A young prince pleads his case through a serenade to a woman held prisoner in his castle, but she, alas, loves another:
The music was of cornets whereof one answering the other, with a sweet emulation striving for the glory of music, and striking upon the smooth face of the quiet lake, was then delivered up to the castle walls, which with a proud reverberation spreading it into the air, it seemed before the harmony came to the ear that it had enriched itself in travel, the nature of those places adding melody to that melodious instrument. And when a while that instrument had made a brave proclamation to all unpossessed minds of attention, an excellent concert straight followed of five viols and as many voices; which all being but orators of their master's passions, bestowed this song upon her that thought of another matter:
The fire to see my wrongs for anger burneth;
The air in rain for my affliction weepeth:
The sea to ebb for grief his flowing turneth:
The earth with pity dull his centre keepeth.
Fame is with wonder blazed;
Time runs away for sorrow:
Place standeth still amazed
To see my night of evils, which hath no morrow.
Alas, alonely she no pity taketh
To know my miseries, but chaste and cruel,
My fall her glory maketh;
Yet still her eyes give to my flames their fuel.
Fire, burn me quite, till sense of burning leave me:
Air, let me draw thy breath no more in anguish:
Sea, drown'd in thee, of tedious life bereave me;
Earth, take this earth wherein my spirits languish.
Fame, say I was not born:
Time, haste my dying hour:
Place, see my grave uptorn:
Fire, air, sea, earth, fame, time, place, show your power.
Alas from all their helps I am exiled,
For hers am I, and Death fears her displeasure.
Fie Death thou art beguiled:
Though I be hers, she makes of me no treasure.
Sir Philip Sidney, from The Countess of Pembroke's Arcadia
As in some baroque opera arias, the elaborate patterning and repetition here signal not artificiality but rather intensity of emotion. The speaker sees a reflection of his rejected love in the entire world: each of the first four lines is devoted to one of the four elements (earth, air, fire, and water) that at the time were thought to make up the world. Each of them is doing what it naturally does – fire burns, the air lets loose rain, the sea ebbs and flows, the earth just lies there – but so all-absorbing is his passion that he can only see these elements as reflections of his woe. The same is true of the next three dimensions he mentions (fame, time, and place). Fame (that is, rumor, gossip, reputation, how one is seen by the rest of society) "blazes forth" (that is, spreads, which is what fame does); time runs on, though the speaker personifies it as running away for sorrow; place just stays put, as one might expect, but the speaker personifies it as petrified with astonishment at the sight of his unhappiness.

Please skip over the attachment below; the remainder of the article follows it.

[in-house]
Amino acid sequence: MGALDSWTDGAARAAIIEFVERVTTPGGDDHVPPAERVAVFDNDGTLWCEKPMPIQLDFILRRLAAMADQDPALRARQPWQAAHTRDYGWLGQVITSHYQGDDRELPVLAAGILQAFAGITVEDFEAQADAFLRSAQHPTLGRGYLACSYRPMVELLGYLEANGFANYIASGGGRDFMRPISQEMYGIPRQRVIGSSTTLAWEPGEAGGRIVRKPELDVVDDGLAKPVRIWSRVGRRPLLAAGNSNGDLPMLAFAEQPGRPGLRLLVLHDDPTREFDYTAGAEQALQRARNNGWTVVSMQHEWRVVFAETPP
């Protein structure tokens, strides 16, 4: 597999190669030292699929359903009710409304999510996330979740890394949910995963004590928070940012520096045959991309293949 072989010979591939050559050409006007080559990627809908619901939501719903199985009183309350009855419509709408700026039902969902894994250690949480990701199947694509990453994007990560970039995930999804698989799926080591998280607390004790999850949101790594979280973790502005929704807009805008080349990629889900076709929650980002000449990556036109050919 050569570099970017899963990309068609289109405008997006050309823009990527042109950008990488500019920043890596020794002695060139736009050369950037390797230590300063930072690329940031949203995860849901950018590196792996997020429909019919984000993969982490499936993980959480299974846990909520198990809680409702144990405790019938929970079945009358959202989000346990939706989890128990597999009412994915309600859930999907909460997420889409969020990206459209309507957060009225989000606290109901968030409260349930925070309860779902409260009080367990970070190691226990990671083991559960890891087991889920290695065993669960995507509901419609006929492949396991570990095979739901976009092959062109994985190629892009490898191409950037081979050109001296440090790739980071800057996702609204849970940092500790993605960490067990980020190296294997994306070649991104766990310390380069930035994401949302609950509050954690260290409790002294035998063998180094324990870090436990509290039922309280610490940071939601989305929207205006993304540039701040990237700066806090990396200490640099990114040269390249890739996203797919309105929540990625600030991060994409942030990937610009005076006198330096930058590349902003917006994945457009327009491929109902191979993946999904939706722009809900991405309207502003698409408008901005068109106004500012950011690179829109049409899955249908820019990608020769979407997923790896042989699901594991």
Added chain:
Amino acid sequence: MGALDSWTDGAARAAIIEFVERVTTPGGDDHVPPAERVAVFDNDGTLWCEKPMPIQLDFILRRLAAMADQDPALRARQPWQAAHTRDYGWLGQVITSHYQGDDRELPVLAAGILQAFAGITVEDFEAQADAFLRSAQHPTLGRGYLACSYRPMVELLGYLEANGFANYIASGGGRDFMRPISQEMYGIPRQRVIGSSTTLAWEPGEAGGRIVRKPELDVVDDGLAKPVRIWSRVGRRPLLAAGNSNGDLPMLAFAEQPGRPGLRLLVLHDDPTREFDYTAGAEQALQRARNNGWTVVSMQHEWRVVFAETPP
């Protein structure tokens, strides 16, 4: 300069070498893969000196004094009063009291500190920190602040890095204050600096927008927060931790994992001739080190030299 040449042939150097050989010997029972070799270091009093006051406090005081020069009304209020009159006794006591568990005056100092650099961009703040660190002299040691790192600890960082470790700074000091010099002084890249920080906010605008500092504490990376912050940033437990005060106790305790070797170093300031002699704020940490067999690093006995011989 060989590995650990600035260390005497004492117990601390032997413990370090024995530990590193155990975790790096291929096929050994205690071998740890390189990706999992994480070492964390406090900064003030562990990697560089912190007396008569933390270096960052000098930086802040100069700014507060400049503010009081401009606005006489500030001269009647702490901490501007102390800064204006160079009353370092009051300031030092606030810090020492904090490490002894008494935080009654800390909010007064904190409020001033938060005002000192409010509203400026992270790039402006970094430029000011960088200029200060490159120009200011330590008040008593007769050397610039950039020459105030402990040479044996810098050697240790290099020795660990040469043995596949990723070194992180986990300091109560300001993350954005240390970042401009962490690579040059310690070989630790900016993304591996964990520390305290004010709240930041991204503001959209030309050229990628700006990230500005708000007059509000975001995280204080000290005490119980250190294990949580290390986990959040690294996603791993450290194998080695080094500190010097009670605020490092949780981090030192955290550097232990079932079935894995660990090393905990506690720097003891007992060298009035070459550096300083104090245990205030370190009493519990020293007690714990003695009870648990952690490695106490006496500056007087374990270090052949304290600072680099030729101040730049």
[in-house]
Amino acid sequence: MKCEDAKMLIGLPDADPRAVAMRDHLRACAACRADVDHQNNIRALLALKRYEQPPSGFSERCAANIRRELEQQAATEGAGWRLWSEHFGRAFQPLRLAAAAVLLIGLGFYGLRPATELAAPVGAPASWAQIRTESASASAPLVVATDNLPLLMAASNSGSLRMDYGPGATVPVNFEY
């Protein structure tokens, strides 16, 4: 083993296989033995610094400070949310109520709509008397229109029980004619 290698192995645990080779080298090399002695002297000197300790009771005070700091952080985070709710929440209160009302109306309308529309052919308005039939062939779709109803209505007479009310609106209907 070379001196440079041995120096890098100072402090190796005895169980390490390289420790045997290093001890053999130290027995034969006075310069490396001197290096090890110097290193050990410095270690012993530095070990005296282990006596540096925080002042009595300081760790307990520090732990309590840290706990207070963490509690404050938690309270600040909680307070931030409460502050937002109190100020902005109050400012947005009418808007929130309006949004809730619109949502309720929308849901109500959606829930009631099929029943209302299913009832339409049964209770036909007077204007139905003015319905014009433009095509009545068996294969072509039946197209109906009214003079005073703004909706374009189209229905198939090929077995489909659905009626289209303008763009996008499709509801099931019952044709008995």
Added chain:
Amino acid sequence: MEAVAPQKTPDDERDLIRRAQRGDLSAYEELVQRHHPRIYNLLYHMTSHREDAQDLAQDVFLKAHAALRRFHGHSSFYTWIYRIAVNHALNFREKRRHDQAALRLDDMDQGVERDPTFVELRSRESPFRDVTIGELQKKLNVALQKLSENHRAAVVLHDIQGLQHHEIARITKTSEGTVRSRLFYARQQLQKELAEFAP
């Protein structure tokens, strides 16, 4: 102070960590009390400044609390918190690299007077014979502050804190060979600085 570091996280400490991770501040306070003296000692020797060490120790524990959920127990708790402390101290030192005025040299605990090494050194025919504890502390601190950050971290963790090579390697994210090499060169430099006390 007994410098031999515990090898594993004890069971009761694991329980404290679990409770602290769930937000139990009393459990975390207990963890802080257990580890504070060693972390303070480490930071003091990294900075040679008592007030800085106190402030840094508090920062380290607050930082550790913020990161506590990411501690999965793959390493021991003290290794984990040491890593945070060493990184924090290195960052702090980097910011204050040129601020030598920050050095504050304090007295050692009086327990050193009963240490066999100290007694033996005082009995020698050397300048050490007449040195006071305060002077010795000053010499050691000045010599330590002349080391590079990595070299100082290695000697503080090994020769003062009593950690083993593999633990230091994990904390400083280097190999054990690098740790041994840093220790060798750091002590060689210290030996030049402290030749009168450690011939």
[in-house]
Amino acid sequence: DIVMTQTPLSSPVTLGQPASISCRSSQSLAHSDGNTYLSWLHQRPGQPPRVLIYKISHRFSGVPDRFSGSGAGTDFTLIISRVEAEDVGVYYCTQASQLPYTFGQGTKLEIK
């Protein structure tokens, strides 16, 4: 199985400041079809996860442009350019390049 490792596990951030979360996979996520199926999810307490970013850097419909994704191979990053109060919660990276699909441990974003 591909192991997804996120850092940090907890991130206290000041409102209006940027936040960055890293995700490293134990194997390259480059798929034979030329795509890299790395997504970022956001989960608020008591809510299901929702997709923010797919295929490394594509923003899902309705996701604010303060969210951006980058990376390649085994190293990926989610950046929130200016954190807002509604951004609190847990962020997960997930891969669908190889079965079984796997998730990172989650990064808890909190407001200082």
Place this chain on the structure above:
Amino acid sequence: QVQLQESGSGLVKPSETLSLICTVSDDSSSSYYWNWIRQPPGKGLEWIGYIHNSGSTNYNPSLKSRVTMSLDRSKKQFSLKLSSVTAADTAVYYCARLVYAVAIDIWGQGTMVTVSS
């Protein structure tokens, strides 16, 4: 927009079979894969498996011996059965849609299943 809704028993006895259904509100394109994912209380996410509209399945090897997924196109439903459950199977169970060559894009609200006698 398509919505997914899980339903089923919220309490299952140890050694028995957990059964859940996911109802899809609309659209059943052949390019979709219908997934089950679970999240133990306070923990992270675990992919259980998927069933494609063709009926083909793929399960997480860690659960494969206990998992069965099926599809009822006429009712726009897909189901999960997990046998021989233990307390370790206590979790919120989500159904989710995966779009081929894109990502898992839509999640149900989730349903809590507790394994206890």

The stanza ends with praise of his beloved, who is chaste and (therefore) cruel; he feels it adds to the luster of her reputation that she rejects him ("my fall her glory maketh") but he can't help loving her. As often in these poems, it is her eyes that draw him in and make him burn with love (eyes that he sees of course with his own eyes). The unattainable and gloriously perfect loved one is a staple of love poems, going back from Petrarch and Dante to the troubadors.